Hébert: What to watch during Parliamentary break

Parliament stands adjourned until mid-September but that does not mean the business of politics is on pause. Here are three must-watch political stories of the summer season.

1. This is the week when a 16-year Liberal reign is expected to end in British Columbia. The provincial legislature will vote on an NDP non-confidence motion in Premier Christy Clark’s minority government later this week.

Clark’s defeat would pave the way for the instalment of a minority NDP government, backed – on the basis of a governance pact – by the Green Party. The Greens in this country have never had as direct a hand in the exercise of power. But Andrew Weaver’s party may not get to enjoy its position of influence for all that long.

As the incoming premier, NDP Leader John Horgan would get to present a speech from the throne later this summer. If and when that happens, expect it to sound like an election manifesto. And on that basis, expect it to echo significant sections of Clark’s own throne speech, read just last week in the Victoria legislature. That’s because the Liberal speech borrowed some popular planks of the recent New Democrat platform.

A significant difference between Clark and Horgan is their stance on the planned expansion of the Kinder-Morgan pipeline. The Liberals do not oppose it. The NDP and the Greens are committed to using every provincial power at their disposal to stop the project in its tracks.

With only one seat separating the outgoing Liberals and the incoming Green-backed NDP, it is far from clear that Horgan’s government will survive the summer. If B.C. voters do go back to the polls to sort out which party gets to govern the province, every federal party will be watching for clues as to how pipeline politics may play out in the 2019 federal election.

2. Decision time is almost upon Alberta’s conservatives. On July 22, members of the feuding Wildrose and Progressive Conservative parties will have to decide whether they dislike the NDP in power more than they dislike each other. Seventy-five per cent of the Wildrose membership and a simple majority of Tories have to vote in favour of the proposed merger for it to come to pass.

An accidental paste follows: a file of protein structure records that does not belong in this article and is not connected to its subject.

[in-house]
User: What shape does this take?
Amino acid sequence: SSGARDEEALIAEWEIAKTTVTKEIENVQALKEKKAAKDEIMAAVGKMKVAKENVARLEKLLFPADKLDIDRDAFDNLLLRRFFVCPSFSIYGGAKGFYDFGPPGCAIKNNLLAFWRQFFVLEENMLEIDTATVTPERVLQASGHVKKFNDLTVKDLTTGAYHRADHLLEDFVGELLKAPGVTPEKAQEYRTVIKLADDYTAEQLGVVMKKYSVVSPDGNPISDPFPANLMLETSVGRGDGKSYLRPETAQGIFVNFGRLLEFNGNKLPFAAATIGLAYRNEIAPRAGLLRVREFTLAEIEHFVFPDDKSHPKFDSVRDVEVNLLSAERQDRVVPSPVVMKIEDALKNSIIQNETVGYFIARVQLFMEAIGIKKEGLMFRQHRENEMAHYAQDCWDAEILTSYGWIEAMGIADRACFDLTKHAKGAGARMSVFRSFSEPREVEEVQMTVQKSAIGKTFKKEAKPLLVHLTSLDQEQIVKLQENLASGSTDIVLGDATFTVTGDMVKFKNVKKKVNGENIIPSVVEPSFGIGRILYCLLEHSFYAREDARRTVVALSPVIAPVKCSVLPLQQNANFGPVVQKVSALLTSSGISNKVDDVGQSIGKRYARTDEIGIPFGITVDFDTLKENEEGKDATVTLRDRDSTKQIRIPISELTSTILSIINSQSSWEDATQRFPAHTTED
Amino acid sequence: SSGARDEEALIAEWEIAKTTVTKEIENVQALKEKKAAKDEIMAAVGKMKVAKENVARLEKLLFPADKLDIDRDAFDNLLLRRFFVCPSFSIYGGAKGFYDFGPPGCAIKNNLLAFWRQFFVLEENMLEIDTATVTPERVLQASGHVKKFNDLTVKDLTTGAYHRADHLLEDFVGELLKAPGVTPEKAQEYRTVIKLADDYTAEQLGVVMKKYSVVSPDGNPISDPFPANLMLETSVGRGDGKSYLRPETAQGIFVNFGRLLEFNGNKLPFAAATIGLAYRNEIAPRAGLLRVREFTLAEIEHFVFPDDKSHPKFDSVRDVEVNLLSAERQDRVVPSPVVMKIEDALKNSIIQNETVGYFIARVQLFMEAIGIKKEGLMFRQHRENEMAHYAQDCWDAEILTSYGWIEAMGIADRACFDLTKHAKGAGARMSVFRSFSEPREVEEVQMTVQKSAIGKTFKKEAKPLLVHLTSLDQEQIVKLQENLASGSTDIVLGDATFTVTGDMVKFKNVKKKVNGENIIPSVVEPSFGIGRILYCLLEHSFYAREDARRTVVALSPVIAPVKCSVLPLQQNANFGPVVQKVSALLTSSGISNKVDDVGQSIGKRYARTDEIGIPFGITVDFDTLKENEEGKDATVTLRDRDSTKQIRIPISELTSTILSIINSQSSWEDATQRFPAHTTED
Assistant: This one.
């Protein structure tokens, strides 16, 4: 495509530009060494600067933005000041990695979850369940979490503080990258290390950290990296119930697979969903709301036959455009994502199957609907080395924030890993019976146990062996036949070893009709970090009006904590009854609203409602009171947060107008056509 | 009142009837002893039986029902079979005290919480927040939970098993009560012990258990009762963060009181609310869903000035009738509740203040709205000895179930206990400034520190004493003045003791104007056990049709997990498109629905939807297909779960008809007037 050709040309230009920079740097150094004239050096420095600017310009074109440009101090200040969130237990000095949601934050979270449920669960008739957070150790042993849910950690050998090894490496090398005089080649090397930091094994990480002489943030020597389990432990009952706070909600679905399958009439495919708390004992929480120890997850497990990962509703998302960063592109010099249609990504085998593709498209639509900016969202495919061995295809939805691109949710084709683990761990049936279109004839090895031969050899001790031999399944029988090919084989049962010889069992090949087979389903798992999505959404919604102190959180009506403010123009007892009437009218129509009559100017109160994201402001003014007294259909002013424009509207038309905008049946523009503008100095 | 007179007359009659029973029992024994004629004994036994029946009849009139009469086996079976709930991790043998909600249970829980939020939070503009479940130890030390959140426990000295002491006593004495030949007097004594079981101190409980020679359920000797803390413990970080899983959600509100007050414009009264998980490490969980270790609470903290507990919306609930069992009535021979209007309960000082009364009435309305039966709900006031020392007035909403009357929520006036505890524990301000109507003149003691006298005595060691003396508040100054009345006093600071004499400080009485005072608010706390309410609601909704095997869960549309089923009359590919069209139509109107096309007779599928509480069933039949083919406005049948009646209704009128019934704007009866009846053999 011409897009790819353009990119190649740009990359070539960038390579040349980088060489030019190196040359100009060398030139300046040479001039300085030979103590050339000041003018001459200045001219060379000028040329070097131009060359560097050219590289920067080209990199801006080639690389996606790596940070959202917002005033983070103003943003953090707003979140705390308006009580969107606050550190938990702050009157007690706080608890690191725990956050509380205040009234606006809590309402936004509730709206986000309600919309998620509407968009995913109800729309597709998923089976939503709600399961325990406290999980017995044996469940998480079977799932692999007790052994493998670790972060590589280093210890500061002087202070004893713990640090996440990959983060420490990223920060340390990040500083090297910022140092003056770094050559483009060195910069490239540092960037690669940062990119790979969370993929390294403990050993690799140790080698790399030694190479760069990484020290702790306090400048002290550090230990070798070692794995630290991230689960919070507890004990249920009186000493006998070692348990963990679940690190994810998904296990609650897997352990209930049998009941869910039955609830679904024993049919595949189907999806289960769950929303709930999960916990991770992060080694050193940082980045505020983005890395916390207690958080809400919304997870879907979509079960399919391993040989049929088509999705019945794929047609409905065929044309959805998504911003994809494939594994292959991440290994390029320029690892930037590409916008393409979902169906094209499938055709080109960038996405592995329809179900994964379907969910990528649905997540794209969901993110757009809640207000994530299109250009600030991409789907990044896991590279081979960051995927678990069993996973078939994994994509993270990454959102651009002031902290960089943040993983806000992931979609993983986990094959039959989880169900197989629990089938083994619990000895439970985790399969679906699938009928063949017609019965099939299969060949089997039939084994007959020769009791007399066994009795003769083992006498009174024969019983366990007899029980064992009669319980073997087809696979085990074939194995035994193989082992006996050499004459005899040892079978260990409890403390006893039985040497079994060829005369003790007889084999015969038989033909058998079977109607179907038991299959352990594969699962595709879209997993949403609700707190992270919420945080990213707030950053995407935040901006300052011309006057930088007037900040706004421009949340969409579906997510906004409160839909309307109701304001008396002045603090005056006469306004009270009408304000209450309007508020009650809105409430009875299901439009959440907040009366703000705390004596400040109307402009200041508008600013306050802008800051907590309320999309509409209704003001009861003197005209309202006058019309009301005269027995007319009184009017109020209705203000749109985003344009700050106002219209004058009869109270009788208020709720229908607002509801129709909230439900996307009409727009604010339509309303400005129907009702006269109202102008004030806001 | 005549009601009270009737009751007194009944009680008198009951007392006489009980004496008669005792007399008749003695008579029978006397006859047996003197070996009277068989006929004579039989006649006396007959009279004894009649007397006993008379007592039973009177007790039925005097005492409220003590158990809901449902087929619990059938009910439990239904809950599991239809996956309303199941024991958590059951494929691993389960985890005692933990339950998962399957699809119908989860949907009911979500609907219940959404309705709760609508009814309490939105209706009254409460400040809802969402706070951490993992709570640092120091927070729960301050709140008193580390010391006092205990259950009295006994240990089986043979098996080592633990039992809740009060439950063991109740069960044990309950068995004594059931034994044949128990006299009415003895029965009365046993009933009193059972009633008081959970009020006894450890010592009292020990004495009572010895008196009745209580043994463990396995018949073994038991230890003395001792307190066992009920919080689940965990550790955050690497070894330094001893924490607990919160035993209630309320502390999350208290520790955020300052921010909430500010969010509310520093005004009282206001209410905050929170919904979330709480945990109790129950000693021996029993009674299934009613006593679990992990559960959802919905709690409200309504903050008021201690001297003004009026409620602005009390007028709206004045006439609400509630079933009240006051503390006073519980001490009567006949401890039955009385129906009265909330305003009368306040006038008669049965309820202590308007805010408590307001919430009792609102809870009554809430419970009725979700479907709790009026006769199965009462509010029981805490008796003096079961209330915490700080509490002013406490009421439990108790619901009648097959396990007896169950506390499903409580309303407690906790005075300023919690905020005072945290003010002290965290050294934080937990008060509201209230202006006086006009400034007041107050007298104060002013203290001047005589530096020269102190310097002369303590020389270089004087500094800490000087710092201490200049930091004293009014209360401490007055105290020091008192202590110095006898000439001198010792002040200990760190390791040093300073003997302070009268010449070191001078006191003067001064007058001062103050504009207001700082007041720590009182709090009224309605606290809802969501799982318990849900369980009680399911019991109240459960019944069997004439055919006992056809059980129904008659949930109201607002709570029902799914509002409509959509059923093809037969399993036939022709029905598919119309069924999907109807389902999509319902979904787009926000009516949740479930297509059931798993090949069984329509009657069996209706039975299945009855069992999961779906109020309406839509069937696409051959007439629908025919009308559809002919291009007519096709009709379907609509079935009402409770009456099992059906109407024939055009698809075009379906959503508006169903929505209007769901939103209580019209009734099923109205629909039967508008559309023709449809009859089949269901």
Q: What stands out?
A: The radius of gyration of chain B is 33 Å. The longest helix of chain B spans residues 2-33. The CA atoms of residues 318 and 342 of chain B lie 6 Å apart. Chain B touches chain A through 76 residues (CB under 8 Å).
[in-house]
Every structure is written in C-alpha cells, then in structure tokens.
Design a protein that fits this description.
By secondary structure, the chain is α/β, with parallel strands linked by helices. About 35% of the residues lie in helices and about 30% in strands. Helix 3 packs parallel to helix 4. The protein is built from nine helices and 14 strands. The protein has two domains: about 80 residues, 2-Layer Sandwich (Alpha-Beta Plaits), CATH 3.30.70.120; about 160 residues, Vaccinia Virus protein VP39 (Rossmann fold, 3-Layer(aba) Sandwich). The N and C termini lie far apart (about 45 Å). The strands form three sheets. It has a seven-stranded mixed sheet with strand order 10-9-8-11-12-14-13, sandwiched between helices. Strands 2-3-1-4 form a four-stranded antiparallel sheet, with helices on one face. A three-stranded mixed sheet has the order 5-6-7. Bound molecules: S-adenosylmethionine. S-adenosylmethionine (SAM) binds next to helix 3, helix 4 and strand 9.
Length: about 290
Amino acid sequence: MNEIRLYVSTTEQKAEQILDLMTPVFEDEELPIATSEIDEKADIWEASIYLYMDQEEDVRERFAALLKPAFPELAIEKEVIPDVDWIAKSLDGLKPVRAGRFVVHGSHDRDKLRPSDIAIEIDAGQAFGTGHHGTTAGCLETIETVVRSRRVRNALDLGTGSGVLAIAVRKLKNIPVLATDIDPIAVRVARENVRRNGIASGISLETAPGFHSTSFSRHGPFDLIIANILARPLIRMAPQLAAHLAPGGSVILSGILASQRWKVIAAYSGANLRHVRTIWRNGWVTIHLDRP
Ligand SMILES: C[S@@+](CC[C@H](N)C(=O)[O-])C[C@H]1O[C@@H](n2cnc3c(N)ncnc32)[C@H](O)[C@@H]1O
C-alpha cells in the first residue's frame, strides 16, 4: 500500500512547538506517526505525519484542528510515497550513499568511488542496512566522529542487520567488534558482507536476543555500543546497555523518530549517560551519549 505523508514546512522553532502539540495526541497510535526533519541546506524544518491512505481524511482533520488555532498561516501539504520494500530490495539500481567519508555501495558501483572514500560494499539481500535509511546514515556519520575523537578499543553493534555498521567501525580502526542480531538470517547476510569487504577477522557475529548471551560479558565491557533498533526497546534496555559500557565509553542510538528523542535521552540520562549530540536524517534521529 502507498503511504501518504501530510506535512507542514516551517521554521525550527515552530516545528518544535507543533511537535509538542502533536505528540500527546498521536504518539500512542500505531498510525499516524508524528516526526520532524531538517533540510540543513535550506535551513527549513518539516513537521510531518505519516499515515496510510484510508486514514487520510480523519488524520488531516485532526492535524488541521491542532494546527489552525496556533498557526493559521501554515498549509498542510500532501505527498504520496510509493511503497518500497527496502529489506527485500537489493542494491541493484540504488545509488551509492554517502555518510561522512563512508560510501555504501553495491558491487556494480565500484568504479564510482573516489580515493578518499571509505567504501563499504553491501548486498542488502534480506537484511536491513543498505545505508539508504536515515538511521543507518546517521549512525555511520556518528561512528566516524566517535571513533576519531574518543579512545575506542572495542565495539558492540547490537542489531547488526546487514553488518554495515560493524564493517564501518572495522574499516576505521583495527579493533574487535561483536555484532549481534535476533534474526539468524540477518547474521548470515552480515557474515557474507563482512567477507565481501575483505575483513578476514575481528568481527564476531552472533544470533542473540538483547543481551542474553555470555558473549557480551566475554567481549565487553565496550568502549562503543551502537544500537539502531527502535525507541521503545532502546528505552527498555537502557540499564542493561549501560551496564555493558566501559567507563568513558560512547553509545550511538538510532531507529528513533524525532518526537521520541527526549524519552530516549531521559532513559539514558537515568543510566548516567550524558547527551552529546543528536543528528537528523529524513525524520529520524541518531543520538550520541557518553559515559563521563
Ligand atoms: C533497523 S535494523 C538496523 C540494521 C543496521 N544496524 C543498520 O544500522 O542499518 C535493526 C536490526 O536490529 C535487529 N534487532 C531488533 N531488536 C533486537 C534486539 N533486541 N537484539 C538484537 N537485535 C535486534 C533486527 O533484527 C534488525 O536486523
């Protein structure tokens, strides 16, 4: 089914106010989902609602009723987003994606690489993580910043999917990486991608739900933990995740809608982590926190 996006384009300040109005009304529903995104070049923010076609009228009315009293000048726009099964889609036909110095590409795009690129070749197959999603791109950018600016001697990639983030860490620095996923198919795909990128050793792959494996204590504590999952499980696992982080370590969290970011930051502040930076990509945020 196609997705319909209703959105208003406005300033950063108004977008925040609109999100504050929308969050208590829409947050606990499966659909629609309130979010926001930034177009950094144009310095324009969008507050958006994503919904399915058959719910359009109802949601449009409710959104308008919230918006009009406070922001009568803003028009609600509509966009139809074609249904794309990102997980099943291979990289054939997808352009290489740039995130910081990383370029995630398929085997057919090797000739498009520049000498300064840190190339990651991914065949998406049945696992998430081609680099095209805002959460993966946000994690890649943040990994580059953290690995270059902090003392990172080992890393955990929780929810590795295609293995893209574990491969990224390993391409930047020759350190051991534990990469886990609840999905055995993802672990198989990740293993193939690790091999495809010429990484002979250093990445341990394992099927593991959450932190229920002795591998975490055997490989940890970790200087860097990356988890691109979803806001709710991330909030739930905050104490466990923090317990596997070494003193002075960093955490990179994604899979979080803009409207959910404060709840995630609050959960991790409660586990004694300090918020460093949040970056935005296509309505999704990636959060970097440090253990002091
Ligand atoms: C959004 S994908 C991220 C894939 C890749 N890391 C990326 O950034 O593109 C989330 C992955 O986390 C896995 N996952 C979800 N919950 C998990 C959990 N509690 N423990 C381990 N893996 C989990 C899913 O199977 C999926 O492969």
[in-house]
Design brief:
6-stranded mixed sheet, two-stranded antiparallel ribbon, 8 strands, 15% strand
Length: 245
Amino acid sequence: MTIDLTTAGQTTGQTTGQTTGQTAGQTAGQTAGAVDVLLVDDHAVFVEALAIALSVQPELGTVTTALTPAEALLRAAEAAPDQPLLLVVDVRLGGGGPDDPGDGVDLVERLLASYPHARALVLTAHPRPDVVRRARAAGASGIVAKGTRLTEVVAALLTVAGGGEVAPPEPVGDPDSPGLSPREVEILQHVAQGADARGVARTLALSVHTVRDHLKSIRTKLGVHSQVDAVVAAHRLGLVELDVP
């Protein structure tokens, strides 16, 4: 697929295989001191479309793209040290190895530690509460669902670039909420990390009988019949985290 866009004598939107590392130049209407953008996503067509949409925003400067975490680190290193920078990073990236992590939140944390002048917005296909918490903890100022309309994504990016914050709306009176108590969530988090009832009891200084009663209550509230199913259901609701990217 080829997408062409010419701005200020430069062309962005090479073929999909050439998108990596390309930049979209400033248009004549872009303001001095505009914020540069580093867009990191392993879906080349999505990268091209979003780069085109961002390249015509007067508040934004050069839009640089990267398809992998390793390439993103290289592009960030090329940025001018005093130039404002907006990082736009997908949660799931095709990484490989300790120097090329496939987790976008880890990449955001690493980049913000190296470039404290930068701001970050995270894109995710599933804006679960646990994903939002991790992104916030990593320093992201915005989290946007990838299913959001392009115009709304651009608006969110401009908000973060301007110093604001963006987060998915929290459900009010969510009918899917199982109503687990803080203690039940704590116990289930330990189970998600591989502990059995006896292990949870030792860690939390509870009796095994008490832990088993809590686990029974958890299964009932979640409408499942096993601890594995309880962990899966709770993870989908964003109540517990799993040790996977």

A yes vote could pave the way to an Oct. 28 leadership duel between Brian Jean and Jason Kenney, two former caucus mates within Stephen Harper’s government.

In his days on Parliament Hill, Kenney – as a senior minister – was higher in the federal pecking order than Jean, who never sat in cabinet. But for all that, polls suggest no one should take a Kenney victory for granted.

The stakes are also high for the federal parties. Alberta Premier Rachel Notley, who currently leads the only New Democrat government in the country, would face much longer re-election odds against a united Conservative opposition. If she went down to defeat in 2019, Prime Minister Justin Trudeau would lose a key ally in his bid to set a national floor price on carbon.

At this stage, the governments of the four most-populous provinces are all on side with Trudeau’s climate-change plan.

But the federal-provincial dynamics would change for the worse for the prime minister if the Conservatives were to come back to power in Albert especially if they take Ontario next year.

3. The federal NDP will spend the summer in the midst of the campaign to select a successor to Thomas Mulcair. Time is of the essence for the five candidates who have about seven weeks to recruit supporters. The cut-off date to sign up to vote for the next NDP leader is Aug. 17.

Meanwhile, though, keep an eye on the Montreal riding of Outremont, the former Liberal fortress Mulcair took over when he entered the federal arena. It is by no means a safe NDP seat.

For the first time in a published interview last week, the outgoing leader did not rule out leaving the federal arena before the 2019 general election. Mulcair told La Presse he had been having conversations with some universities with an eye to moving to academia.

If he were to serve his full term as MP, he would not be taking up a new job for another two years. Twenty-four months is a long time to spend weighing the pros and cons of various teaching positions – and advertising one’s not-so-imminent availability.

Chantal Hébert is a national affairs writer.

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